Fifteen years later, the critical language used to carve up the phonies, saints and sad-sack wannabes of reality shows has migrated, and the loser edit has become a limber metaphor for exploring our own real-world failures. Fate doles out ideas for subplots — fire her, dump him, all species of mortification — and we eagerly run with them, cutting loser narratives for friends and enemies, the people we have demoted to the status of mere character. Everybody’s setbacks or degradations have been foreshadowed if we look hard enough at the old tape. We arrange the sequences, borrowing from cultural narratives of disgrace, sifting through the available footage with a bit of hindsight — and in turn, we endure our own loser edits when we stumble.

…The footage of your loser edit is out there as well, waiting. Taken from the surveillance camera of the gas station where you bought a lottery ticket like a chump. From the A.T.M. that recorded you taking out money for the romantic evening that went bust. From inside the black domes on the ceiling of the train station, the lenses that captured your slow walk up the platform stairs after the doomed excursion. From all the cameras on all the street corners, entryways and strangers’ cellphones, building the digital dossier of your days. Maybe we can’t clearly make out your face in every shot, but everyone knows it’s you. We know you like to slump. Our entire lives as B-roll, shot and stored away to be recut and reviewed at a moment’s notice when the plot changes: the divorce, the layoff, the lawsuit. Any time the producers decide to raise the stakes.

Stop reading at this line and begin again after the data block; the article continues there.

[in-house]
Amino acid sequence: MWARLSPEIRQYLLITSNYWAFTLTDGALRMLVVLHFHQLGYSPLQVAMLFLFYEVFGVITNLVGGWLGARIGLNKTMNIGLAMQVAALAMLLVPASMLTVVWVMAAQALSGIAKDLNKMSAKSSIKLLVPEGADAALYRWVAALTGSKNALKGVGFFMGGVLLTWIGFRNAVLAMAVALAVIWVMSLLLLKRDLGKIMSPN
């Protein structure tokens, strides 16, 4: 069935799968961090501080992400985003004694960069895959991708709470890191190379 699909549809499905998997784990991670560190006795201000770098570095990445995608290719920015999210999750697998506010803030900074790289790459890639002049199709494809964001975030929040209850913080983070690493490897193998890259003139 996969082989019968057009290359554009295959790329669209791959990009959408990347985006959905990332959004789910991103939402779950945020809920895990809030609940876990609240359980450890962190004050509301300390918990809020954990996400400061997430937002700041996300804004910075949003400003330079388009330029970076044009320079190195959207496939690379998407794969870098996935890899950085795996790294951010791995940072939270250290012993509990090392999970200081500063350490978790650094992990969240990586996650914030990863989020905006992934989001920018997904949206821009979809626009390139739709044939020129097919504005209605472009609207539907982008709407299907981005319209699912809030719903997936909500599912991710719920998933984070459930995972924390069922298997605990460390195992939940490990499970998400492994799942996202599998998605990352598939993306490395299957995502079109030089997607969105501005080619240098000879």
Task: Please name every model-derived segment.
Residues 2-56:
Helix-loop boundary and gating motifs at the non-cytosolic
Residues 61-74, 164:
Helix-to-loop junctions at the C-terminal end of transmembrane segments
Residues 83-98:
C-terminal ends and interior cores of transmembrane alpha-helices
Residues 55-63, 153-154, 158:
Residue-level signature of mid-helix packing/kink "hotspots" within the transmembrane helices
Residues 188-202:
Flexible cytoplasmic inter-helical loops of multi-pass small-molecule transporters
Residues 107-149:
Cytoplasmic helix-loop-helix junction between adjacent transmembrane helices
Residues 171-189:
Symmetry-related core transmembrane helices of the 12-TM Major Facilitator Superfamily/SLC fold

Occasionally, on a “Top Chef” or a “Project Runway,” a contestant suffers a monstrous loser edit, one that lasts a whole season. The unlucky contestant isn’t sent home at the end of the night, but is instead doomed to perform personality deficits episode after episode. The supporting player trapped first by an aspect of himself or herself, and then by editors who won’t let him or her escape the casting. We need a goat.